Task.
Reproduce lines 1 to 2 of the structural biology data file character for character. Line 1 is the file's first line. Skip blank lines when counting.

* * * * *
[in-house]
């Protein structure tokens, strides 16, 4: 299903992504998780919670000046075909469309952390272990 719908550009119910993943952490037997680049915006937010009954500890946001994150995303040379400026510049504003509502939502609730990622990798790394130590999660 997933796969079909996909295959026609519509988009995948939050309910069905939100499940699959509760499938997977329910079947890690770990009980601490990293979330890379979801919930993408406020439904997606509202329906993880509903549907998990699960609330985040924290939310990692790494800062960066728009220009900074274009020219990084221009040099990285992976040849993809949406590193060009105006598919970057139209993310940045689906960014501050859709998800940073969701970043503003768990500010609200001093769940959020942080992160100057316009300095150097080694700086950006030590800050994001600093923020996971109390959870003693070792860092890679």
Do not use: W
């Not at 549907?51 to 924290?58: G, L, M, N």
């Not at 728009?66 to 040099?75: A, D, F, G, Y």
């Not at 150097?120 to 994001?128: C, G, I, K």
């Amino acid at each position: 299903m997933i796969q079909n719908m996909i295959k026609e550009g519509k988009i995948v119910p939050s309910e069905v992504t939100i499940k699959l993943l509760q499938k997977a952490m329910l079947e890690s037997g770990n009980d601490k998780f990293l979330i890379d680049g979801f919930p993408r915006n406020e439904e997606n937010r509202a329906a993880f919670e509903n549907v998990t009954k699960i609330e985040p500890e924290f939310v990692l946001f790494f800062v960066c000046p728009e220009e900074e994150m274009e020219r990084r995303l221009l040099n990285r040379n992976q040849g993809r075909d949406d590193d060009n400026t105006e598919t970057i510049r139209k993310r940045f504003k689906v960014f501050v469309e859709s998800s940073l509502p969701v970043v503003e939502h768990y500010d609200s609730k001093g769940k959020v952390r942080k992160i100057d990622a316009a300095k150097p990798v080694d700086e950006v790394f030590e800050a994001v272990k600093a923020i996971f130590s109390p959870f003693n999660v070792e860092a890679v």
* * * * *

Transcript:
[in-house]
């Protein structure tokens, strides 16, 4: 299903992504998780919670000046075909469309952390272990 719908550009119910993943952490037997680049915006937010009954500890946001994150995303040379400026510049504003509502939502609730990622990798790394130590999660 997933796969079909996909295959026609519509988009995948939050309910069905939100499940699959509760499938997977329910079947890690770990009980601490990293979330890379979801919930993408406020439904997606509202329906993880509903549907998990699960609330985040924290939310990692790494800062960066728009220009900074274009020219990084221009040099990285992976040849993809949406590193060009105006598919970057139209993310940045689906960014501050859709998800940073969701970043503003768990500010609200001093769940959020942080992160100057316009300095150097080694700086950006030590800050994001600093923020996971109390959870003693070792860092890679």